Deconstructing Hourglass by Myra McEntire

Last month I declared that contemporary YA lit killed courtship and announced my planned deconstruction of a contemporary YA title. Now that the book has been officially released, I feel comfortable naming it.

Hourglass by Myra McEntire book cover The book in question (as if you didn’t guess by this post’s title) is Hourglass by Myra McEntire. I’ve read it and reviewed it, and after some back and forth with a friend, decided to deconstruct it.

I’m not singling this book out to be mean, in fact I found the writing to be quite competent, but because it’s the most recent title I’ve read that relied too heavily on the instant love conceit that’s become so prevalent in YA literature.

A hypothesis is that Twilight’s to blame. Unfortunately, Twilight doesn’t forgo courtship and while I may not agree with the health of that courtship or relationship dynamic, at least it consists of more than a passing glance, a giggle, and then a declaration of love.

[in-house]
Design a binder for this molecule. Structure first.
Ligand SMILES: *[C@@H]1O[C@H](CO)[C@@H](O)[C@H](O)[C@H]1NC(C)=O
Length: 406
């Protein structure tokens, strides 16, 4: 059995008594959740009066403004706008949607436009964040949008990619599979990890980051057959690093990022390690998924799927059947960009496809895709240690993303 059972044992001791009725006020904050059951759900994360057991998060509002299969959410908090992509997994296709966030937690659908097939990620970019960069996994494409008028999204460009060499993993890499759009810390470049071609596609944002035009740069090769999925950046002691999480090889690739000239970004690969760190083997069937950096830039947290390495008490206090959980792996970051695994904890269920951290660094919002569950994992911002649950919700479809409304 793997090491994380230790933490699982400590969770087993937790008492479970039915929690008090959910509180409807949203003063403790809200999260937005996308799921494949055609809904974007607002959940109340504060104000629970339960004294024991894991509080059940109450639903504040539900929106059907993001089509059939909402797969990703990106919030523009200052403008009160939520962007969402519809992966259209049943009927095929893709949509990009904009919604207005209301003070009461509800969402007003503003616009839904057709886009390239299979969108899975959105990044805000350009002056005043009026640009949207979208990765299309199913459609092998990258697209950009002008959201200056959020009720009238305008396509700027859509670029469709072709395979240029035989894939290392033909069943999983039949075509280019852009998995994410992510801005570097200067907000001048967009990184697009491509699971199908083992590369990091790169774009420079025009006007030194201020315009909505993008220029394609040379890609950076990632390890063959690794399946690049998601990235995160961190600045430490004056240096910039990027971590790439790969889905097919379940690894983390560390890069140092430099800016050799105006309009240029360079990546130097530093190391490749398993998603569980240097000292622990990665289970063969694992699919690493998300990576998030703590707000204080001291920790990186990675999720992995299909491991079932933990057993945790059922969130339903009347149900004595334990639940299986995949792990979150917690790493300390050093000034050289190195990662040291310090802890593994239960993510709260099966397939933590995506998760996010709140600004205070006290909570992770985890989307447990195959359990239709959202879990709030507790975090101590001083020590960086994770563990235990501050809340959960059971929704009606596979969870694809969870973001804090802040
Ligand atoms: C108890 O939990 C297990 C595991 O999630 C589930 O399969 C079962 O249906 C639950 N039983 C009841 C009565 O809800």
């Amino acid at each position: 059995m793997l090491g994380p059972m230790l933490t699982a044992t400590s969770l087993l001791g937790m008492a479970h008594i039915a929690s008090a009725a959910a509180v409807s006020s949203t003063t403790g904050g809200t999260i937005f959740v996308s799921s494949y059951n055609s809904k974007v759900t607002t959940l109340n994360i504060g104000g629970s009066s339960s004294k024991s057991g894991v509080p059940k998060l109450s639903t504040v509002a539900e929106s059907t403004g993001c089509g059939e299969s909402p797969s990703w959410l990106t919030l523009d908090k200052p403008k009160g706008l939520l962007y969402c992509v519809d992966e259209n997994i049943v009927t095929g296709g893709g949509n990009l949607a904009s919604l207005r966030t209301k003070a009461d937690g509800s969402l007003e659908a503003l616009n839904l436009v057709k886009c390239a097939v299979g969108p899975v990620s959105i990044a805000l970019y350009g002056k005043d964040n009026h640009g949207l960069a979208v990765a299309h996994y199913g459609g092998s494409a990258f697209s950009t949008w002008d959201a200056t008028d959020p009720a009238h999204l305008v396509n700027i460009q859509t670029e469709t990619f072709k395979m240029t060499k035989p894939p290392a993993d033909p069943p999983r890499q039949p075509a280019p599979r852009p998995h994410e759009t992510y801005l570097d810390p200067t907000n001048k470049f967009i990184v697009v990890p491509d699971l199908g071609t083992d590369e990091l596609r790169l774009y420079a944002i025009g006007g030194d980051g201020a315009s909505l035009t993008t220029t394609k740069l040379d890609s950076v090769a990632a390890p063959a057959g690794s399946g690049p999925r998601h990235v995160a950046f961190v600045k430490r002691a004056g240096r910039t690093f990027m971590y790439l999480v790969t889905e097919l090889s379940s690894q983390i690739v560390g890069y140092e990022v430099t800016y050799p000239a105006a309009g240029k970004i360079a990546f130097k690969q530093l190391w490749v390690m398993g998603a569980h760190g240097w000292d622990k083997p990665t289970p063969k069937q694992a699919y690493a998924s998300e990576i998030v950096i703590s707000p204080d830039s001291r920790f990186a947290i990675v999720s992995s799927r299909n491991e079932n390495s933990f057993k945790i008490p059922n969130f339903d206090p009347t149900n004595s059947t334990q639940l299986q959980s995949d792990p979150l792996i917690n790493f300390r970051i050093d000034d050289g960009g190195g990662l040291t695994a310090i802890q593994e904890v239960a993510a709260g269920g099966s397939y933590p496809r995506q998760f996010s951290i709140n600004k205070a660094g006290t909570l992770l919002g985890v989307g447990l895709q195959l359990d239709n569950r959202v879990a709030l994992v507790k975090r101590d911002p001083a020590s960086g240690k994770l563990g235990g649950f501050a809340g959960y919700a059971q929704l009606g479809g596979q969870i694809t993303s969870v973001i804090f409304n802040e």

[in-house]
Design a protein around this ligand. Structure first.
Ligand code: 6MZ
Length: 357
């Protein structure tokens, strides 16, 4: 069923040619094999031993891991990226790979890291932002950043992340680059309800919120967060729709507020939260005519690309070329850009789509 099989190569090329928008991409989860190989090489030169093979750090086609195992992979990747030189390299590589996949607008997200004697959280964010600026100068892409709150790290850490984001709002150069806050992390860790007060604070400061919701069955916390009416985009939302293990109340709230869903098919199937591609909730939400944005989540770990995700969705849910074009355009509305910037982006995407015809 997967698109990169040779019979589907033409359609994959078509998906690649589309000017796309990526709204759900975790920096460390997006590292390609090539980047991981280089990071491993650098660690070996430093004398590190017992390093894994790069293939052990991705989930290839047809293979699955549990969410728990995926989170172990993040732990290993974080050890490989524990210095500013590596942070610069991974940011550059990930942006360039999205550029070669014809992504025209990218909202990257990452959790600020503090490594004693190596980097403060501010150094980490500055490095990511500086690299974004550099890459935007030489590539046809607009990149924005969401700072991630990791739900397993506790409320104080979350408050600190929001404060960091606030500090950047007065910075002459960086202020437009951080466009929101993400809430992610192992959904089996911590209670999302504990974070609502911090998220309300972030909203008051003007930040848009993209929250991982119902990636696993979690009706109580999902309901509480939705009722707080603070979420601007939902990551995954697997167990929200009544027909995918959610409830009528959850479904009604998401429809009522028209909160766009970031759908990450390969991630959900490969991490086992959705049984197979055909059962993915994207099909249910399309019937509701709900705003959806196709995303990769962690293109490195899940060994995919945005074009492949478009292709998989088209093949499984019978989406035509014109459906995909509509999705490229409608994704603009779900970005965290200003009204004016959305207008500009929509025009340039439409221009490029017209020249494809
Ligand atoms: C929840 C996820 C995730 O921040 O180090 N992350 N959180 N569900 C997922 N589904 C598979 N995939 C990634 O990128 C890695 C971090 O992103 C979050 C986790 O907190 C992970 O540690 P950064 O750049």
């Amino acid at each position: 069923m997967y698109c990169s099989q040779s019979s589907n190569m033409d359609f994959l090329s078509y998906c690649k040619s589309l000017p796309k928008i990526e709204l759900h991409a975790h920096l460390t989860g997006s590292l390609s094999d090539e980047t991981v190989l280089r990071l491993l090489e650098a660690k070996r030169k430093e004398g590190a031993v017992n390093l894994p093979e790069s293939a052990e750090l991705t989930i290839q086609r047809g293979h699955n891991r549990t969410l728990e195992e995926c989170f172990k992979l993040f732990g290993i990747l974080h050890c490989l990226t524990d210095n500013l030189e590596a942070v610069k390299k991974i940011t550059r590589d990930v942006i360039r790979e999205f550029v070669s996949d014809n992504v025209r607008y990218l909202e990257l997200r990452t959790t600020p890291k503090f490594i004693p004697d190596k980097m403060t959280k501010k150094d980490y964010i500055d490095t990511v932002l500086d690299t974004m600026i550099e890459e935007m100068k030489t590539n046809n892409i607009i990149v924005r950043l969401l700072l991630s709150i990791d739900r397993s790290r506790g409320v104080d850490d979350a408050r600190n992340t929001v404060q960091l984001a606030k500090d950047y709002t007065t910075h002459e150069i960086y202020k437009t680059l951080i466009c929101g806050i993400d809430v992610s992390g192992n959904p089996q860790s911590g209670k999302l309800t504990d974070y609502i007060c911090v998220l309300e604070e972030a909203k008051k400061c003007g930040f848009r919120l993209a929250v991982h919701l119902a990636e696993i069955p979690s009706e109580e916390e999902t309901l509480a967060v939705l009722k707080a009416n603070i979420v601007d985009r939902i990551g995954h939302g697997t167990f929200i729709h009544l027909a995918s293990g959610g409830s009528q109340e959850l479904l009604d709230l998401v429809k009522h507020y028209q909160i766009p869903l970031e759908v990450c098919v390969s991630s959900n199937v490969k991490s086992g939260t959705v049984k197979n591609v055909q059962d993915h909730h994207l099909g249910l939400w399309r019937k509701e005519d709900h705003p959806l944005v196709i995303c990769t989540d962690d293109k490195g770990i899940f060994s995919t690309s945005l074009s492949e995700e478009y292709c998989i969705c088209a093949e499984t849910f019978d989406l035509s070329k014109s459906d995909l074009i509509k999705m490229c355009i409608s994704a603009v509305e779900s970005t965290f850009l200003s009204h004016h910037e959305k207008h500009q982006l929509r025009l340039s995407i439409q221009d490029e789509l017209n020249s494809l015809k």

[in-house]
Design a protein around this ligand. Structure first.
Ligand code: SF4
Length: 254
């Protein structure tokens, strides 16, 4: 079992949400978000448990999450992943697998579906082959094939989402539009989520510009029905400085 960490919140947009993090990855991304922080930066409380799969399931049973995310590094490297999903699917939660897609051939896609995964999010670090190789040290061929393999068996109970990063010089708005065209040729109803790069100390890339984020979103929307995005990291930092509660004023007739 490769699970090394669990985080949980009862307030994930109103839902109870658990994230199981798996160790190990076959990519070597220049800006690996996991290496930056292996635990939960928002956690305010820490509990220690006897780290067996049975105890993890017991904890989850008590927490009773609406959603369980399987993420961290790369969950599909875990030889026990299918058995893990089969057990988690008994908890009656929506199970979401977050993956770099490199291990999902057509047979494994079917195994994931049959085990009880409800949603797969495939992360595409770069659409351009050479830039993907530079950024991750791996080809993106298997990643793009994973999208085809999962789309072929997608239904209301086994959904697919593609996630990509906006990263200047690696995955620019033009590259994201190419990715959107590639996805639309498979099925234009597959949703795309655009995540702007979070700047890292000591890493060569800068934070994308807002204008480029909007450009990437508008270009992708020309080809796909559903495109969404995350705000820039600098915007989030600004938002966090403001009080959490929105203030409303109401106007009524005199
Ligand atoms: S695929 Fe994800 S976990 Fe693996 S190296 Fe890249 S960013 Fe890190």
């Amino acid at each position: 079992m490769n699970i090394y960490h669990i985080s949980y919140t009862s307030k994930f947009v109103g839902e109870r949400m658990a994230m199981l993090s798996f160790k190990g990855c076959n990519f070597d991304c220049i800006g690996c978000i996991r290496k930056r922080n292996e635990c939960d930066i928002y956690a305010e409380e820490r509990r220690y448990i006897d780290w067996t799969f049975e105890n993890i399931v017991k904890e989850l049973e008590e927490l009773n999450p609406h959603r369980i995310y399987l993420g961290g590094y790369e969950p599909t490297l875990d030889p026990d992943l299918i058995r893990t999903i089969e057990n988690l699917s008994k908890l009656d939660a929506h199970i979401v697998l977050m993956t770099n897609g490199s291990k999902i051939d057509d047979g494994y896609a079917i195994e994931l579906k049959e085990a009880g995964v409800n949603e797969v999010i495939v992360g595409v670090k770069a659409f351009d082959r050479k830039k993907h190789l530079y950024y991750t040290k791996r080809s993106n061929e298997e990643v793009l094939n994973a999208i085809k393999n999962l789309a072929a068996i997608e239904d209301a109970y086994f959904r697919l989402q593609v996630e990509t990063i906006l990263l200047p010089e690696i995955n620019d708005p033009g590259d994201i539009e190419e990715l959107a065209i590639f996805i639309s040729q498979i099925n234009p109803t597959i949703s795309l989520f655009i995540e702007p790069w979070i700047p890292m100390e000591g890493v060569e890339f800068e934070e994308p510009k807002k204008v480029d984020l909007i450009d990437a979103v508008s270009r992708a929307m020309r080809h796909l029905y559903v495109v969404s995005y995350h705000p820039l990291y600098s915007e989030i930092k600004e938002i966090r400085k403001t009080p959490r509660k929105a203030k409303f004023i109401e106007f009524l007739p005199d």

Initially I planned to focus solely on the relationship between Emerson Cole, the main character in Hourglass, and “Jack”, the mysterious apparition that appears in her room from time to time, then her relationship with Michael Weaver, a consultant hired by Em’s brother to help her with her visions, and finally her relationship with Kaleb Ballard, a random love interest thrown in for drama.

But I’ve decided it would be best to take the book as a whole, focusing on the major themes as I come across them (such as how EVERY SINGLE CHARACTER is flawlessly beautiful). With each of the posts, I hope to learn how my own biases may influence my reading and writing, as well as ignite a conversation about the state of contemporary YA romance, and YA literature in general.

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